For many years, SmallBox has started our major projects with what we’ve called a “Discovery” phase. This is an essential first step because we’ve learned from experience that our ideas, designs, and project outcomes are all stronger when we go through an intentional research process. To do our best work, we need to empathize before solving.
What is Empathy?
the ability to understand and share the feelings of another.
Sometimes called design research, or an empathy phase in a human-centered design process, this focus is all about understanding the experience, perspective and emotions of your audiences, then applying what you’ve learned to your services or products.
Here’s the design thinking process we use at SmallBox:
But in reality it looks more like this:
While the process is non-linear and can move back and forth from one phase to another, it always starts with empathy. And for good reason.
Why is empathy important?
Empathy leads to…
Conducting design research to truly empathize with people may seem like it takes a lot of time, or slows down your process. It’s seductive to just jump in and start solving right away. However, the time spent up front can save a lot of time later. Without really understanding your audience needs, you could waste resources creating a new offering that doesn’t resonate or actually meet those needs.
Having your audiences take part in the process from start to finish fosters buy-in for both the cause and the solution. It allows for transparency that ultimately creates shared understanding and a wider variety of potential solutions.
Listening and observing can help you discover unmet needs and possibilities you never knew existed. You might miss a huge opportunity that someone else eventually spots and acts on.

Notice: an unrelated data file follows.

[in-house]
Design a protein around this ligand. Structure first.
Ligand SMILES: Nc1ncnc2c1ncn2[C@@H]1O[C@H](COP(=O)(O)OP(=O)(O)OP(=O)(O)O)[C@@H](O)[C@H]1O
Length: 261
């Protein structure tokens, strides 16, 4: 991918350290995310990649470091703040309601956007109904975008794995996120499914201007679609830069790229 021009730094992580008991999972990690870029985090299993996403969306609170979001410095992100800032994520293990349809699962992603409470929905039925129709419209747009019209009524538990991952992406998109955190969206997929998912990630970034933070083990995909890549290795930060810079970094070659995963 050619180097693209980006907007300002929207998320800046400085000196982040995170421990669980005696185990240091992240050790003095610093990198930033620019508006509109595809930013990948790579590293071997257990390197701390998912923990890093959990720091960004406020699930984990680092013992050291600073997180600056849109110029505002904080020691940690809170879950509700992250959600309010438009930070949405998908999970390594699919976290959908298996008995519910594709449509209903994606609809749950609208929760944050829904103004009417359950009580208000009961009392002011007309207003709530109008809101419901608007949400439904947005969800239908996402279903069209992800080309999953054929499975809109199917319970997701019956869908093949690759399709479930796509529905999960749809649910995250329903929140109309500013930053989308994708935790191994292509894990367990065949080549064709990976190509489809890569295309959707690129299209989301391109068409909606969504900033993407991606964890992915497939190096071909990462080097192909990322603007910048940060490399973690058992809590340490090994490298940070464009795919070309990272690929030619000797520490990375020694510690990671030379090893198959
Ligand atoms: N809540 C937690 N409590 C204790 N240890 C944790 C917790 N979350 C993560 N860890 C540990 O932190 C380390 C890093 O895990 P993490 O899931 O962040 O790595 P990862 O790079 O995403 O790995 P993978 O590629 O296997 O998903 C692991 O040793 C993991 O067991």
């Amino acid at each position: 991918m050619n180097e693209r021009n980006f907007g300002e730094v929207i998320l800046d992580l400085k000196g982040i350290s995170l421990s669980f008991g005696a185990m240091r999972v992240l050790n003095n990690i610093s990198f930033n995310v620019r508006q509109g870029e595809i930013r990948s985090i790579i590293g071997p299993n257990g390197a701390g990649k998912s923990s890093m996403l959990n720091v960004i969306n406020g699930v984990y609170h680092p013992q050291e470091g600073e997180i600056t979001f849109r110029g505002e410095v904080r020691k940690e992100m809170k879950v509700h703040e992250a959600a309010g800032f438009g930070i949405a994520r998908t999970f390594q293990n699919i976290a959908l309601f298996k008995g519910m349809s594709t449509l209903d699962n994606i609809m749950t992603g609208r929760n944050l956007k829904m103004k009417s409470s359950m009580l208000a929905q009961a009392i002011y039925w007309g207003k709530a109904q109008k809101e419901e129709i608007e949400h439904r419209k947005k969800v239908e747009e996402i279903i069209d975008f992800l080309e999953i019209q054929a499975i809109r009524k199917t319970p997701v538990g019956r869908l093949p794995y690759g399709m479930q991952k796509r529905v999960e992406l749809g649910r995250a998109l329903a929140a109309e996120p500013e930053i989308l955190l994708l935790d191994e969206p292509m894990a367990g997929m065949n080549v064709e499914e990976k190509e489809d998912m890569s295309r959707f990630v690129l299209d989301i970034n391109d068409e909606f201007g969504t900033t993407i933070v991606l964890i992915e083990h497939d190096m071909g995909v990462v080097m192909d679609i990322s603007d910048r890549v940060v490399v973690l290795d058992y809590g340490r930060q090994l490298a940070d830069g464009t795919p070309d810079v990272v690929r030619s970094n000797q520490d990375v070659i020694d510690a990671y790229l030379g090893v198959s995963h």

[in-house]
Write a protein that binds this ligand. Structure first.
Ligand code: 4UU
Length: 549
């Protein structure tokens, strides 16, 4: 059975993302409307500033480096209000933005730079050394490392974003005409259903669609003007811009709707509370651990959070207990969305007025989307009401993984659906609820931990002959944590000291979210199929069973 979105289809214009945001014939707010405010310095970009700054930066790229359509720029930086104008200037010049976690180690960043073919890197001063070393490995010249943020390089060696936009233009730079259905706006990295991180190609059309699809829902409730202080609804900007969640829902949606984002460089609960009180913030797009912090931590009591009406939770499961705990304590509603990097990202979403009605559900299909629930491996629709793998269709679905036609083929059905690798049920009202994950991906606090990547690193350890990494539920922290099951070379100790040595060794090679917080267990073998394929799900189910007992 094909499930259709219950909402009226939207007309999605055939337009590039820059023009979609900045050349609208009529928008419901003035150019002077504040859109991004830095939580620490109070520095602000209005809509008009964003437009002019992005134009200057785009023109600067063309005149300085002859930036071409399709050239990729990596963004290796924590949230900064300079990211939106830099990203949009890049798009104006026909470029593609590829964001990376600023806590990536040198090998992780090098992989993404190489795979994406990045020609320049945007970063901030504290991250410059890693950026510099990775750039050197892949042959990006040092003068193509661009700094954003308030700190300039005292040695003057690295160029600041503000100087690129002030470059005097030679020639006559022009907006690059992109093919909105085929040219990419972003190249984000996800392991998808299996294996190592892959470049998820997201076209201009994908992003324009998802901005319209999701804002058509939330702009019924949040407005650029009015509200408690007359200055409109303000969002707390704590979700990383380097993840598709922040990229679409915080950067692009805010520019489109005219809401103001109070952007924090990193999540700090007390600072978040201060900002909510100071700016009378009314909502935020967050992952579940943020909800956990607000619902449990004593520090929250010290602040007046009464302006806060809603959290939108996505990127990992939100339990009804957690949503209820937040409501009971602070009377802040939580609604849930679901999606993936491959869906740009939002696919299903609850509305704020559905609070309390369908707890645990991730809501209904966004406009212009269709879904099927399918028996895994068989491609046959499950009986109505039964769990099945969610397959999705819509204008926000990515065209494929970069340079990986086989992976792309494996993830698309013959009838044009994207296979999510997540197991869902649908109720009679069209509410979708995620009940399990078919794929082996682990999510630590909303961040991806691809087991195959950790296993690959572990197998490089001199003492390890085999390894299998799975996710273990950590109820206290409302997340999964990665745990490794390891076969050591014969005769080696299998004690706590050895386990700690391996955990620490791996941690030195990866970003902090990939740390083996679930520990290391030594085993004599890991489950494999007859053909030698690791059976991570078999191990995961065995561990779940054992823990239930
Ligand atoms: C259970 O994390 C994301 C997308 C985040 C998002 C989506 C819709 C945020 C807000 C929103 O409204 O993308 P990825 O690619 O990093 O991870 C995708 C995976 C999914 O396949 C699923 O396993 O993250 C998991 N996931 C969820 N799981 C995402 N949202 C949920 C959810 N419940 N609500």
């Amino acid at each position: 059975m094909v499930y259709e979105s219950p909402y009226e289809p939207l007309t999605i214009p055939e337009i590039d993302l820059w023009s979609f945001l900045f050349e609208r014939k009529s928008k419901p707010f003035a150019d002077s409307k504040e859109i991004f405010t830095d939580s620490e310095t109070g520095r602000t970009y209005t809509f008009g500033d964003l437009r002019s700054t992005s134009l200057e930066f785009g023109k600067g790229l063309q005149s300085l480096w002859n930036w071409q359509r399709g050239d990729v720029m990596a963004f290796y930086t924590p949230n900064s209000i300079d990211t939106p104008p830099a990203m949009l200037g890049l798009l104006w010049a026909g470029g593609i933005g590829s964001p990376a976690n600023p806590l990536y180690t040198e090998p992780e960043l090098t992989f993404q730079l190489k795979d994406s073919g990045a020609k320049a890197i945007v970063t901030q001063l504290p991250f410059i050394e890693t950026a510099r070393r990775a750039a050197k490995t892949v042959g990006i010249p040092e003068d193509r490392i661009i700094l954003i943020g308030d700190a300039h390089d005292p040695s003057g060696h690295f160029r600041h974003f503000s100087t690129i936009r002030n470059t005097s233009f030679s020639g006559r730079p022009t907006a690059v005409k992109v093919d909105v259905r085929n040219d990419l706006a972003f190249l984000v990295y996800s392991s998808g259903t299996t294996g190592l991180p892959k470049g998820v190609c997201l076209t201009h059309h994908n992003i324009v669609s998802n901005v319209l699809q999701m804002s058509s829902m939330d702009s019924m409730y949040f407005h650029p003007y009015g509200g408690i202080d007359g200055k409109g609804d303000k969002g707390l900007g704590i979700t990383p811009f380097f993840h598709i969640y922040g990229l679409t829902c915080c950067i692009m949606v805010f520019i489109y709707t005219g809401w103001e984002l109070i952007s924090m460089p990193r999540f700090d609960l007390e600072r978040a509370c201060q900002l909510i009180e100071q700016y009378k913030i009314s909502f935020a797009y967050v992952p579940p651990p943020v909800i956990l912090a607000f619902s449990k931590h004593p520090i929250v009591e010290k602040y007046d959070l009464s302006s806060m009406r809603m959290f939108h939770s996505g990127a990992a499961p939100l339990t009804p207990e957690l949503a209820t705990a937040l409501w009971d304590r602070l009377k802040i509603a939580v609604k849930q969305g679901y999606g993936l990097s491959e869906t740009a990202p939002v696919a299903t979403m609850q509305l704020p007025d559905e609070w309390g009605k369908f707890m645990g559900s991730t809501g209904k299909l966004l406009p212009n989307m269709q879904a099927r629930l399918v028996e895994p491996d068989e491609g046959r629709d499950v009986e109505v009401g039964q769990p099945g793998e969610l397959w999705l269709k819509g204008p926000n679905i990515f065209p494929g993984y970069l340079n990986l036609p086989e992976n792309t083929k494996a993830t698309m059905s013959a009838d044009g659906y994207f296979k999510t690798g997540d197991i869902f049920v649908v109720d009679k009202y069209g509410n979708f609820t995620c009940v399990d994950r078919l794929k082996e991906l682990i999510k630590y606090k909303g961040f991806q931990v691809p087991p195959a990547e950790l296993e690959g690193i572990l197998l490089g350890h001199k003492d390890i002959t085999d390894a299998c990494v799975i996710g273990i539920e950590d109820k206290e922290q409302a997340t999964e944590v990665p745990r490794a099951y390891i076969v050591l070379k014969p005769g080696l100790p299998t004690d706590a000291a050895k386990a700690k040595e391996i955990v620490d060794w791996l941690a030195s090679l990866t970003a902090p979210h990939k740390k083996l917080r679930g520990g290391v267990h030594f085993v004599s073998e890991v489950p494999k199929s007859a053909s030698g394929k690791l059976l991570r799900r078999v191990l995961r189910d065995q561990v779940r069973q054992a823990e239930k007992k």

How to get started
Here are some basic first steps to incorporating empathy into your work:
While there are many advanced and creative empathy research methods – everything from contextual inquiry to diary studies – it’s okay to start with basics.
What does it look like?
In the book Creative Confidence, co-authors Tom and David Kelley mention a scenario of researching how to improve the ice cream scoop. Most people, when asked to talk through their process, shared the basics of how they used the scoop to get ice cream – get the scoop out of a drawer, warm it with water, start on one far side of the container and scoop toward the other, etc. But most people failed to mention that they licked the scoop before tossing it into the sink. It was either an unconscious thing, or they didn’t feel it was important enough to mention. By engaging in empathy research and observing people in action as they scooped ice cream, this detail emerged.
Knowing people will lick the scoop changes everything.
Having moving parts (as some scoops do) becomes a lot less desirable. Without empathy, they would have missed this detail all together, and maybe built the wrong kind of scoop. Getting to these details, as mentioned earlier, is why empathy is so important and useful.
The more I practice empathy research, the more I see it as a gift that keeps on giving. More depth in understanding about your audiences. Greater insights in how to serve them. A more informed, human-driven experience or product designed to elicit a positive response from the people who matter the most – your audiences, customers and employees!